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No rating impact from offshore reinsurance tax changes: A.M. Best


Insurance and reinsurance rating agency A.M. Best said that it does not expect any impact to any reinsurance firm’s it provides ratings for as a result of the recently introduced offshore, or hedge fund targeting, reinsurance tax legislation.

The legislation was introduced last week (full details here) by Oregon Senator Ron Wyden and stipulate rules which would force a hedge fund or hybrid investment / underwriting reinsurance firm to ensure a certain proportion of its assets were allocated to underwriting at all times.

A.M. Best explains that the Offshore Reinsurance Tax Fairness Act, as it is named, seeks to close “a tax loophole that allows offshore reinsurers to take advantage of an exception to the passive foreign investment company (PFIC) rules of the U.S. Tax Code.”

A.M. Best said that while this rule would require ongoing surveillance, it “does not believe the proposed legislation will lead to rating revisions over the near term.”

The rating agency believes that reinsurance companies will “seek operating alternatives” in order to ensure compliance but while maintaining capital efficiency, if or when the tax benefits for offshore reinsurers are eliminated.

Flexibility in the legislation, to be able to determine whether a reinsurance company is breaching the rules through “facts and circumstances” will provide sufficient flexibility seems to be aimed at “those (re)insurance companies that at times may not hold a large base of (re)insurance liabilities due to the absence of large loss events, but nonetheless do take significant (re)insured risk.”

Best also notes that other companies at risk of falling foul of the legislation include startups which have not built up any reserve base yet, as they may tend to start slowly deploying growing proportions of their assets into underwriting over time. This flexibility provides some leeway for such reinsurers.

A.M. Best continues:

“The current administration and legislatures have tried unsuccessfully to eliminate tax loopholes that benefit offshore (re)insurance operations. It should be noted that hedge fund affiliated (re)insurers are not the only offshore reinsurers that at times may not meet the liability test threshold proposed by this legislation. Opposition on this issue comes from many members of Congress, particularly for states that have considerable exposure to natural catastrophes. Their concern is that a tax increase could lead to increased costs for (re)insurance coverage or possibly a decrease in allocated (re)insurance capacity for less profitable risks. Accordingly, any resolution of this issue still could be years away.”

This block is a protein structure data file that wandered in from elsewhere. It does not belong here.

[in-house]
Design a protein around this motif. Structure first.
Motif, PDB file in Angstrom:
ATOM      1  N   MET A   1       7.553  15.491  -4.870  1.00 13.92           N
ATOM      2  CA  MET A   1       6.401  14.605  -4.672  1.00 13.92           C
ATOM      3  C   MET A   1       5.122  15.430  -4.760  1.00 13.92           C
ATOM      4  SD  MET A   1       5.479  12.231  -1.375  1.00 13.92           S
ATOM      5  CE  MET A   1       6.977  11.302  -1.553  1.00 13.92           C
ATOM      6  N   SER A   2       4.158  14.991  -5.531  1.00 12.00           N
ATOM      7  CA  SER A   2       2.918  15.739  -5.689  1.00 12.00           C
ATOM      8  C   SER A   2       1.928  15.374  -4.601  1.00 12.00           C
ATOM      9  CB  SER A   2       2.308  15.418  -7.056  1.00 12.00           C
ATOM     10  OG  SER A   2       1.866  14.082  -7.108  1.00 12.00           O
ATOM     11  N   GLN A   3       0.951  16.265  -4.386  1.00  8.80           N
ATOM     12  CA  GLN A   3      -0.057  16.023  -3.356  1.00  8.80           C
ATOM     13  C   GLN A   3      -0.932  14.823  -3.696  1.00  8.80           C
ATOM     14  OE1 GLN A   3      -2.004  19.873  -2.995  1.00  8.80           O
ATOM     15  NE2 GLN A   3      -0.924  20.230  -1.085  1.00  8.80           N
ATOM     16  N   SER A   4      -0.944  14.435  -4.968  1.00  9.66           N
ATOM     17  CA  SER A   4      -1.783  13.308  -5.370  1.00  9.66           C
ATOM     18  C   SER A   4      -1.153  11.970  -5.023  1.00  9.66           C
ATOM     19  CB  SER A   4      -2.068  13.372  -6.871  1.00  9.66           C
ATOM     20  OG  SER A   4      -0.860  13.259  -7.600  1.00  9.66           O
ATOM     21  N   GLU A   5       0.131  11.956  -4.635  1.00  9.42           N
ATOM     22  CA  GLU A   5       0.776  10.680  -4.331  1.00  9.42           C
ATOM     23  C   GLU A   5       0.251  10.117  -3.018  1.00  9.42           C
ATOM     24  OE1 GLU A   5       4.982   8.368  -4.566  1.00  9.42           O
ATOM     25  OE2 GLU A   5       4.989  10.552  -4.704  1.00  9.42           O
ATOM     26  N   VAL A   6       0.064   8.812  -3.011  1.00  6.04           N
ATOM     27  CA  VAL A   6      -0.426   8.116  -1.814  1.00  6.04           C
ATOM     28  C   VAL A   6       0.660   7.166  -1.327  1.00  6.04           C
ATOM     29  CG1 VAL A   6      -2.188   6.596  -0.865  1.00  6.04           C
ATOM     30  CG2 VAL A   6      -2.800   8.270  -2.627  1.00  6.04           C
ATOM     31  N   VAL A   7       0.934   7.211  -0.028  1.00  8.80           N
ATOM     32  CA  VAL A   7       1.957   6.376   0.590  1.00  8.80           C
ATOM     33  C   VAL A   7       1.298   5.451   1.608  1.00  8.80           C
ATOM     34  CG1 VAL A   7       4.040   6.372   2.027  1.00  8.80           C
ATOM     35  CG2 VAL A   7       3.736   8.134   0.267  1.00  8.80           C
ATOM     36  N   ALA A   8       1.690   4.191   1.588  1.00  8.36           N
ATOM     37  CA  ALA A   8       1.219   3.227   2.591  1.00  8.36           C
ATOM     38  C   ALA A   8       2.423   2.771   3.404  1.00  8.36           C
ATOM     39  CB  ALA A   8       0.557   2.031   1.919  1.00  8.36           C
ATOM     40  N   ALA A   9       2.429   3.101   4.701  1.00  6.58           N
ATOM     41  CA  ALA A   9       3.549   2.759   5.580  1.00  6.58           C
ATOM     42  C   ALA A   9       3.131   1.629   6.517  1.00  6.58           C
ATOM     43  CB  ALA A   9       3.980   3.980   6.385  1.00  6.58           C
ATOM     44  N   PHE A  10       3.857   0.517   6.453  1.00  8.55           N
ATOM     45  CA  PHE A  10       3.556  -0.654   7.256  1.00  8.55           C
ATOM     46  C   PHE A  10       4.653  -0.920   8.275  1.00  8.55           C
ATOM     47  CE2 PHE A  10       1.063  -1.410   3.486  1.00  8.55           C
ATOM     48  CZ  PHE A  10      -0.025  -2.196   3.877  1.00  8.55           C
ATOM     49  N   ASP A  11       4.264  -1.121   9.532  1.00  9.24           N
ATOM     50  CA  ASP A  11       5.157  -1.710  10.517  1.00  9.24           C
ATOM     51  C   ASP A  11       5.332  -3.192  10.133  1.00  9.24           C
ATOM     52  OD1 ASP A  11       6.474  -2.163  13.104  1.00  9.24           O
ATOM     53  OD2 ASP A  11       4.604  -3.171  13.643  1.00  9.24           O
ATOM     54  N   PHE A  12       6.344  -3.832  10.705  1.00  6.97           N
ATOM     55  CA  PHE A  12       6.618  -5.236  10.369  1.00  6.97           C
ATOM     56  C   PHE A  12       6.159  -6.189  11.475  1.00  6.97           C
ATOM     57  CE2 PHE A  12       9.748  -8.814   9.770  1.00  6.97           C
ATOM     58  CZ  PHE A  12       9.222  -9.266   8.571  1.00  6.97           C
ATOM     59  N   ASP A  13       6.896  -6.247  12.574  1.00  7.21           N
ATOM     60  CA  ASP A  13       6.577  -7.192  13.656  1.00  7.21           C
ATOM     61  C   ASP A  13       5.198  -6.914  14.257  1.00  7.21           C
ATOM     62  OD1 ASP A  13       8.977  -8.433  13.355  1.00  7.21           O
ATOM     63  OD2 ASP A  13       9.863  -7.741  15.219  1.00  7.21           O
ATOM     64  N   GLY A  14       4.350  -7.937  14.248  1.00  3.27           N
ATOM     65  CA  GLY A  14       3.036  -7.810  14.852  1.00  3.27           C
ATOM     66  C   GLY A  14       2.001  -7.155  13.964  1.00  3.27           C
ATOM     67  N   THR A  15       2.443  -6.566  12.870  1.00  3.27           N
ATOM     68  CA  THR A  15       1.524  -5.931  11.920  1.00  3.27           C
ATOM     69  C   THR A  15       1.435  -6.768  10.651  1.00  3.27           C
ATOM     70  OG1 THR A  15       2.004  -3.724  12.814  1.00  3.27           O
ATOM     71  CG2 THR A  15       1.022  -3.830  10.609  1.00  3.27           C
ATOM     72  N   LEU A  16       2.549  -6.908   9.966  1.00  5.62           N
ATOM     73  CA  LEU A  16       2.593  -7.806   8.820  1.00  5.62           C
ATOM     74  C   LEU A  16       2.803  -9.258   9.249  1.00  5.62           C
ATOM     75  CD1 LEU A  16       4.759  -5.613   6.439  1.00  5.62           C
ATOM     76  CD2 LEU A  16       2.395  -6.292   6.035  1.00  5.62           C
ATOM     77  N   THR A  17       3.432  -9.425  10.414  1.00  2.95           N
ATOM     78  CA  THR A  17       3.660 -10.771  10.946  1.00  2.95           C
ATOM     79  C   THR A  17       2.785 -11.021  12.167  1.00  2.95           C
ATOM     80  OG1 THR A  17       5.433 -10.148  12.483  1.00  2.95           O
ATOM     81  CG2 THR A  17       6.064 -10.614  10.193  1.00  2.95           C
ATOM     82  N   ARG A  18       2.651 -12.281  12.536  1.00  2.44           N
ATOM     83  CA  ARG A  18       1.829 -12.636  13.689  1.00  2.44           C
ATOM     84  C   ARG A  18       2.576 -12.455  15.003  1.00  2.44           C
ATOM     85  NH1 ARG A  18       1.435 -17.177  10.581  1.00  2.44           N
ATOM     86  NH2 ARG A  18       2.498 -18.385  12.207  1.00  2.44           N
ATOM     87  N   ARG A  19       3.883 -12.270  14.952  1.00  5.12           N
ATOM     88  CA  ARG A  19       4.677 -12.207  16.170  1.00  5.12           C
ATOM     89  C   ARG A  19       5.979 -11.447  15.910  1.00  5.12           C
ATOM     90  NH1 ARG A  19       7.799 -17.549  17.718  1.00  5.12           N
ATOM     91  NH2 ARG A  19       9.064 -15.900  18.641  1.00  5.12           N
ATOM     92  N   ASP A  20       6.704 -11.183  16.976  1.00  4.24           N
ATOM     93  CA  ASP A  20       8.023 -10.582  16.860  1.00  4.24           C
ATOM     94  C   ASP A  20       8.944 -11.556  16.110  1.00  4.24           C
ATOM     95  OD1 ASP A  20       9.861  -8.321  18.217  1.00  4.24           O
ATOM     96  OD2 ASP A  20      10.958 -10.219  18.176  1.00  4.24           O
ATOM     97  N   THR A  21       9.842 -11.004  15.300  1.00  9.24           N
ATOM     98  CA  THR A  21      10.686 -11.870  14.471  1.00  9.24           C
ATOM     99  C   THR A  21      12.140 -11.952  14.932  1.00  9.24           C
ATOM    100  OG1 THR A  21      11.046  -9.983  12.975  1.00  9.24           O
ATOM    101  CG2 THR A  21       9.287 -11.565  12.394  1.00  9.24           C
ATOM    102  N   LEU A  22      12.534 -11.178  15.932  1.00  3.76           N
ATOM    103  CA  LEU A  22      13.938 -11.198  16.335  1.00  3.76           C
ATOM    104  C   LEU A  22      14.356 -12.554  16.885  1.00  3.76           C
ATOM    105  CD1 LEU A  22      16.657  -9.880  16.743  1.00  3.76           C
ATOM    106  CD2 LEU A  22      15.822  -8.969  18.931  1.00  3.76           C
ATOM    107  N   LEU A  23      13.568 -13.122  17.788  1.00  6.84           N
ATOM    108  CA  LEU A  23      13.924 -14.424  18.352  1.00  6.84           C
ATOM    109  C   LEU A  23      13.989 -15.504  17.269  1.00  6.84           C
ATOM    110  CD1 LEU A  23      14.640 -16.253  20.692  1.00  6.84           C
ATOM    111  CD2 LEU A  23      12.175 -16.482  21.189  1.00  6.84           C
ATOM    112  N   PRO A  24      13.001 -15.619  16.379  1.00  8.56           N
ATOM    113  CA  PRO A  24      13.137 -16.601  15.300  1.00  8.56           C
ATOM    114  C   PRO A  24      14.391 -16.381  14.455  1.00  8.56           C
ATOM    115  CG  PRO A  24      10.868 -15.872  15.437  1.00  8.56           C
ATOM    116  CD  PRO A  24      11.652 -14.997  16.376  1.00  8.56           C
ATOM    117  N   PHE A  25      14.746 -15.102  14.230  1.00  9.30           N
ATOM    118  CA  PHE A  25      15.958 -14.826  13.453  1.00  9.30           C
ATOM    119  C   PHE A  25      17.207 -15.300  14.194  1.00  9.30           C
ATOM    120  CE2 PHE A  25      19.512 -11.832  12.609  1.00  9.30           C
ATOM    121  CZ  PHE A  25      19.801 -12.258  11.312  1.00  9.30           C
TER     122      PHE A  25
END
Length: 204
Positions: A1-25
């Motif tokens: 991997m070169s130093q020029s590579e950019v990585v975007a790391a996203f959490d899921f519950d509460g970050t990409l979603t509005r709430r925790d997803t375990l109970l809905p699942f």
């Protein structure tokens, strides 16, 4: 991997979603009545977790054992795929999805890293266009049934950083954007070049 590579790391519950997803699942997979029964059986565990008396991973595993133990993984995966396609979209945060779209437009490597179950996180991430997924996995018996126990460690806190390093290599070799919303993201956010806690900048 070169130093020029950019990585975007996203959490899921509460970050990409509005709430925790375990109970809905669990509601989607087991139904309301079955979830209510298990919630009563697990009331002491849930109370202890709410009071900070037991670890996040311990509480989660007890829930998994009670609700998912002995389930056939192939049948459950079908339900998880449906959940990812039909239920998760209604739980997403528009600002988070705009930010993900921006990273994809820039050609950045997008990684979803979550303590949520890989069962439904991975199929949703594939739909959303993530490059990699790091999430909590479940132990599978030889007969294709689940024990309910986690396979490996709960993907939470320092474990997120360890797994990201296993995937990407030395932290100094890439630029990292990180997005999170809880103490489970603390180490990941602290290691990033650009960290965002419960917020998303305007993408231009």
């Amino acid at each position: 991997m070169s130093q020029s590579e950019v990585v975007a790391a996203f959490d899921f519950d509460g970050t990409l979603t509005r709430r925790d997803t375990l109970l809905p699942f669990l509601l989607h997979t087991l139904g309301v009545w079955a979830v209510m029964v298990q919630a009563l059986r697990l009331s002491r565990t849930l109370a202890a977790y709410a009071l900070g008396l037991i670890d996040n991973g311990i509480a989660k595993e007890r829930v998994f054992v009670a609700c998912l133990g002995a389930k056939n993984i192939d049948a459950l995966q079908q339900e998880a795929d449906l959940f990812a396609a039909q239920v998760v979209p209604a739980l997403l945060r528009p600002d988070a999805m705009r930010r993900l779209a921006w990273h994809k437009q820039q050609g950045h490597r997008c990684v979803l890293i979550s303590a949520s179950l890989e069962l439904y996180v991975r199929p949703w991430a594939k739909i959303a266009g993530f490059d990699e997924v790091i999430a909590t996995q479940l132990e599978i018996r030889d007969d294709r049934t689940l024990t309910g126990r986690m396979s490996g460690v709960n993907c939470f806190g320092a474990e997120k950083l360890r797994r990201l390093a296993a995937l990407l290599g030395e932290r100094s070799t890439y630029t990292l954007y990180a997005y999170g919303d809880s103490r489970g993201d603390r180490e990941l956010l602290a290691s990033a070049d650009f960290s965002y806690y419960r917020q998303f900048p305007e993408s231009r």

The rating agency notes that this legislation could harm the build up of valuable risk transfer capacity offshore, which benefits citizens of catastrophe prone U.S. states such as Florida. Hence the legislation could see significant opposition from within the U.S.

Further, A.M. Best comments:

The subject of taxation of offshore (re)insurers has been argued for at least a decade, with very intense positions on both sides. The Coalition for a Domestic Insurance Industry, championed by William R. Berkley, argues that foreign companies that are allowed to reinsure their risk back to a tax-exempt country enjoy an advantage in terms of pricing and profits over U.S. insurers. On the other hand, the Coalition for Competitive Insurance Rates argues that an increase in tax to companies insuring large risks in the United States would hurt homeowners and states exposed to wind and earthquake cat events, since it could lead to higher pricing and lower capacity. Other strong opponents of offshore taxation include insurance regulators in the most hurricane-exposed states such as Florida, Mississippi, Louisiana and the Carolinas.

So the rating agency seems of the opinion that existing hedge fund backed reinsurers, or investment-oriented reinsurance start-ups, will be able to adjust their business strategies or navigate around this ruling successfully at this time.

It remains to be seen whether it actually comes into force in the form Wyden has proposed anyway.

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